Higher order partial derivatives We will first compute the partial derivative of xy squared plus x squared y withrespect to x, then we will compute its derivative with respect to y, and finally weevaluate the partial derivative in the x direction at (1, 2) to the first problem. In thesecond problem, we will compute second partial derivatives by taking the derivativeof derivatives, as we did in one-variable calculus. To find the derivative of xy, we multiply by y. The result is f(x).In order to find itspartial derivative in the x direction, we treat y as a constant and take an ordinaryderivative with respect to x. We then find that this partial derivative equals y squared.Since we differentiate only x and not y, the derivative of x squared is 2x.
For the partial derivative in the y direction, we do the same thing except now x is aconstant and we are taking an ordinary derivative in the y direction. So 2xy plus xsquared. Finally, we evaluate the partial derivative of f(x) with respect to x at (1, 2).This means plugging in x equals 1 and y equals 2 into our previous computation. Sowe get 2 squared plus 2 times 1 times 2, which equals 8. This is how we computepartial derivatives. Now we will compute the second partial derivatives of our function. In other words,we will work out how to find the partial derivative of our function when x varies byone unit in either direction. For instance, if we want to take the partial derivative of (y)with respect to x, again in the x direction, all this means is that when we took the firstpartial derivative of (y) with respect to x, we got a function of x and y. And now weneed only take its partial derivative again in the x direction. The derivative of y squared, be careful the derivative of y squared in the x direction isjust 0, because y is a constant, relative to x, and we just get 2 y. When we take thederivative of this x, we just get 1. So that's our partial derivative in the x direction.And now, we can also take mixed partials. So here, we take a derivative of f. First, we take the derivative in the y direction andthen take a derivative in the x direction. The result is that we have partial f, partial y,which we need to take in the x direction, and so we get 2y plus 2x. Now, let's see what happens when we switch the order of partial derivatives and takea derivative of the partial derivative in the opposite direction. So now let's go back toour partial derivative in the x direction and take its derivative in the y direction. Thefirst term there gives us 2y and the second term gives us 2x. It should be noted that the mixed partial derivatives of polynomial and differentiablefunctions in xy and yx orders are equal.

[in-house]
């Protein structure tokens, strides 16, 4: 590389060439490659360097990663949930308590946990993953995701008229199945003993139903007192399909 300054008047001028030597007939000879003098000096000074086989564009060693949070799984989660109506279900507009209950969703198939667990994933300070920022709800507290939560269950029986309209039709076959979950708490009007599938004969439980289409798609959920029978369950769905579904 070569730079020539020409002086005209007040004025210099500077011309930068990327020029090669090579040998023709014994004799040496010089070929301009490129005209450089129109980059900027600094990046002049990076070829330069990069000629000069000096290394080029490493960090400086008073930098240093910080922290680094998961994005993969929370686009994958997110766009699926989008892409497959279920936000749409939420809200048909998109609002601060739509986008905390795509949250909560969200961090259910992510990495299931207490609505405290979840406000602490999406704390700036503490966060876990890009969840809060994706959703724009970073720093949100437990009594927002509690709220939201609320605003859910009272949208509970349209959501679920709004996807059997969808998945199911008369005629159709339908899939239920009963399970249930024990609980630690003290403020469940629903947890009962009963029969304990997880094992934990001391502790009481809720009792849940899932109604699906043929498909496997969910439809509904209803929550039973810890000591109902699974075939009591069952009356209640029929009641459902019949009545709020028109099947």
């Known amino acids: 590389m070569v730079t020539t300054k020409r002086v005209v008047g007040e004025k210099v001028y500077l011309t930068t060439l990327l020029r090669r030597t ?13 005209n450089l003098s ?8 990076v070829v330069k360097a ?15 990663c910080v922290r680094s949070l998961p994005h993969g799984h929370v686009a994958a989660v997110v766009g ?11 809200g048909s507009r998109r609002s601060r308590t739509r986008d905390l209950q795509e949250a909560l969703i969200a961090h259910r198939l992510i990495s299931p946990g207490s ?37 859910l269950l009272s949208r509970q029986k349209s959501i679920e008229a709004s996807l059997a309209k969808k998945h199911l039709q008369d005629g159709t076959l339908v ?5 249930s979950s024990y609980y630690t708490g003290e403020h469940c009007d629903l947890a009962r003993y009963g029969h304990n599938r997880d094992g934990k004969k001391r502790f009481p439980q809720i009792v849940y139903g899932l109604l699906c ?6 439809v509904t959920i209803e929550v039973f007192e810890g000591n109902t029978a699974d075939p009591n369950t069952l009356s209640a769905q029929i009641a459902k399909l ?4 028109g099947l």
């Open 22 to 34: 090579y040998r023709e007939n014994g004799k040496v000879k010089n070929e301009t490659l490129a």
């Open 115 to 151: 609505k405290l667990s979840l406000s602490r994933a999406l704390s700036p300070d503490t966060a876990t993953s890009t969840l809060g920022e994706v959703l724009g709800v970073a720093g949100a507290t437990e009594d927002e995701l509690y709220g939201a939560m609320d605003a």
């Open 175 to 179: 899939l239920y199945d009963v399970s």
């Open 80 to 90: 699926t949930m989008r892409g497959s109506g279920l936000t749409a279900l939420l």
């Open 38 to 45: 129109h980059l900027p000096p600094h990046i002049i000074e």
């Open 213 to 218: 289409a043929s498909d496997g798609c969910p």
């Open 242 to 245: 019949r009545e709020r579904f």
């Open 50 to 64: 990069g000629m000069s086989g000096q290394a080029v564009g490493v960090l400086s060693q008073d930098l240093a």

There are many examples of polynomial functions where the denominator andnumerator are not equal. However, certainly for any rational function, thesequantities will always be equal.